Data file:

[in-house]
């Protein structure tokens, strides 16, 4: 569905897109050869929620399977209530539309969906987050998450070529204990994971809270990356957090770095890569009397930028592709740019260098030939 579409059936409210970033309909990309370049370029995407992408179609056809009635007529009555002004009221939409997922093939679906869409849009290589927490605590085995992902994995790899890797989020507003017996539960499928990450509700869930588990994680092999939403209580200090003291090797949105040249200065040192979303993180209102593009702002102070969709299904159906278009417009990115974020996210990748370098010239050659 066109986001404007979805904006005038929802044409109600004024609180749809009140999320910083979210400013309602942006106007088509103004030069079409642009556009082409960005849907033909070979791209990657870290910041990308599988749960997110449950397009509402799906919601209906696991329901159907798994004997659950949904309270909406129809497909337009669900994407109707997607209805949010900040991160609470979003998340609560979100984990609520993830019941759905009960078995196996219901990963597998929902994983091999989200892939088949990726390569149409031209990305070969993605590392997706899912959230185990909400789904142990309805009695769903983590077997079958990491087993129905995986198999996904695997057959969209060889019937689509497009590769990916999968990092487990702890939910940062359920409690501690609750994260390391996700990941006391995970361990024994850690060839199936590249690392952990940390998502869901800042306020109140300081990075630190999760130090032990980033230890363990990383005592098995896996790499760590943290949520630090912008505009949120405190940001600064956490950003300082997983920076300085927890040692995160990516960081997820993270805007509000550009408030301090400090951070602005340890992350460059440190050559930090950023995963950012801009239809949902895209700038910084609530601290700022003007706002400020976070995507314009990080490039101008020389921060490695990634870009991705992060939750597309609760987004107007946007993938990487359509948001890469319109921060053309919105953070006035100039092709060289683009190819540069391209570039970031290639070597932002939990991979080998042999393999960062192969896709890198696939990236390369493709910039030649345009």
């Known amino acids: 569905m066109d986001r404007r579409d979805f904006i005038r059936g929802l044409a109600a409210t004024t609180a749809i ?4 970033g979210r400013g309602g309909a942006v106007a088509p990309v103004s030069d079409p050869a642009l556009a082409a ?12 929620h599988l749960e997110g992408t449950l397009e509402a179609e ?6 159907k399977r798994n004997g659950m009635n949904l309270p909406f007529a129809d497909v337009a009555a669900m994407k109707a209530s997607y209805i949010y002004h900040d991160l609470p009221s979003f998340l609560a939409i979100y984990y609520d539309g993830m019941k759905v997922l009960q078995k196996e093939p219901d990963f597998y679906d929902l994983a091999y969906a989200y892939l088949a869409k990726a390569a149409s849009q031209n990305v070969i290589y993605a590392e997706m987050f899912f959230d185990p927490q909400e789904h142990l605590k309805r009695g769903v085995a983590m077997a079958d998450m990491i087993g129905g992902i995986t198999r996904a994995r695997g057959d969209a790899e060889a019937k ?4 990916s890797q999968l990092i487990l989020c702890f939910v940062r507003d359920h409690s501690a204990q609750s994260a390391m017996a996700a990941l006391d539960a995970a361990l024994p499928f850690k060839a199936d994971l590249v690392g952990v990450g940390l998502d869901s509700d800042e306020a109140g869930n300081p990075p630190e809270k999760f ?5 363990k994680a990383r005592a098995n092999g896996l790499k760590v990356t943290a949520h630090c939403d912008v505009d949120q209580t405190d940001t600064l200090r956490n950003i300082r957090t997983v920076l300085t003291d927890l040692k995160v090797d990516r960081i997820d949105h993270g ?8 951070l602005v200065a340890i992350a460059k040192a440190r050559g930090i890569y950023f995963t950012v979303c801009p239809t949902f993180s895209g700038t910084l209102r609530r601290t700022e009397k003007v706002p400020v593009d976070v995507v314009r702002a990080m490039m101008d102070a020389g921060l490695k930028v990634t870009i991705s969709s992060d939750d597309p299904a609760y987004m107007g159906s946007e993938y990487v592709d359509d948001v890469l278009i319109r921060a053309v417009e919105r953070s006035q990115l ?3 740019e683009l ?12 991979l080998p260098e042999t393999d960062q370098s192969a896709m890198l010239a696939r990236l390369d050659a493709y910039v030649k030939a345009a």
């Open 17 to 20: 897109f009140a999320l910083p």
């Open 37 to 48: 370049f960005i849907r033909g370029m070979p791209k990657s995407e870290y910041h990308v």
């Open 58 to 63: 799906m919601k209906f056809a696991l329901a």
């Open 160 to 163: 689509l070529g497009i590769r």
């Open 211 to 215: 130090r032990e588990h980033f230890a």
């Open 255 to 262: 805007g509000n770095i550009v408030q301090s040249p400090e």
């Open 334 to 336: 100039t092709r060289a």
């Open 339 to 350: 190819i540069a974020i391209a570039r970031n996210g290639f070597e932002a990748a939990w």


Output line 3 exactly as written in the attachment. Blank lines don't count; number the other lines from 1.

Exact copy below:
């Known amino acids: 569905m066109d986001r404007r579409d979805f904006i005038r059936g929802l044409a109600a409210t004024t609180a749809i ?4 970033g979210r400013g309602g309909a942006v106007a088509p990309v103004s030069d079409p050869a642009l556009a082409a ?12 929620h599988l749960e997110g992408t449950l397009e509402a179609e ?6 159907k399977r798994n004997g659950m009635n949904l309270p909406f007529a129809d497909v337009a009555a669900m994407k109707a209530s997607y209805i949010y002004h900040d991160l609470p009221s979003f998340l609560a939409i979100y984990y609520d539309g993830m019941k759905v997922l009960q078995k196996e093939p219901d990963f597998y679906d929902l994983a091999y969906a989200y892939l088949a869409k990726a390569a149409s849009q031209n990305v070969i290589y993605a590392e997706m987050f899912f959230d185990p927490q909400e789904h142990l605590k309805r009695g769903v085995a983590m077997a079958d998450m990491i087993g129905g992902i995986t198999r996904a994995r695997g057959d969209a790899e060889a019937k ?4 990916s890797q999968l990092i487990l989020c702890f939910v940062r507003d359920h409690s501690a204990q609750s994260a390391m017996a996700a990941l006391d539960a995970a361990l024994p499928f850690k060839a199936d994971l590249v690392g952990v990450g940390l998502d869901s509700d800042e306020a109140g869930n300081p990075p630190e809270k999760f ?5 363990k994680a990383r005592a098995n092999g896996l790499k760590v990356t943290a949520h630090c939403d912008v505009d949120q209580t405190d940001t600064l200090r956490n950003i300082r957090t997983v920076l300085t003291d927890l040692k995160v090797d990516r960081i997820d949105h993270g ?8 951070l602005v200065a340890i992350a460059k040192a440190r050559g930090i890569y950023f995963t950012v979303c801009p239809t949902f993180s895209g700038t910084l209102r609530r601290t700022e009397k003007v706002p400020v593009d976070v995507v314009r702002a990080m490039m101008d102070a020389g921060l490695k930028v990634t870009i991705s969709s992060d939750d597309p299904a609760y987004m107007g159906s946007e993938y990487v592709d359509d948001v890469l278009i319109r921060a053309v417009e919105r953070s006035q990115l ?3 740019e683009l ?12 991979l080998p260098e042999t393999d960062q370098s192969a896709m890198l010239a696939r990236l390369d050659a493709y910039v030649k030939a345009a």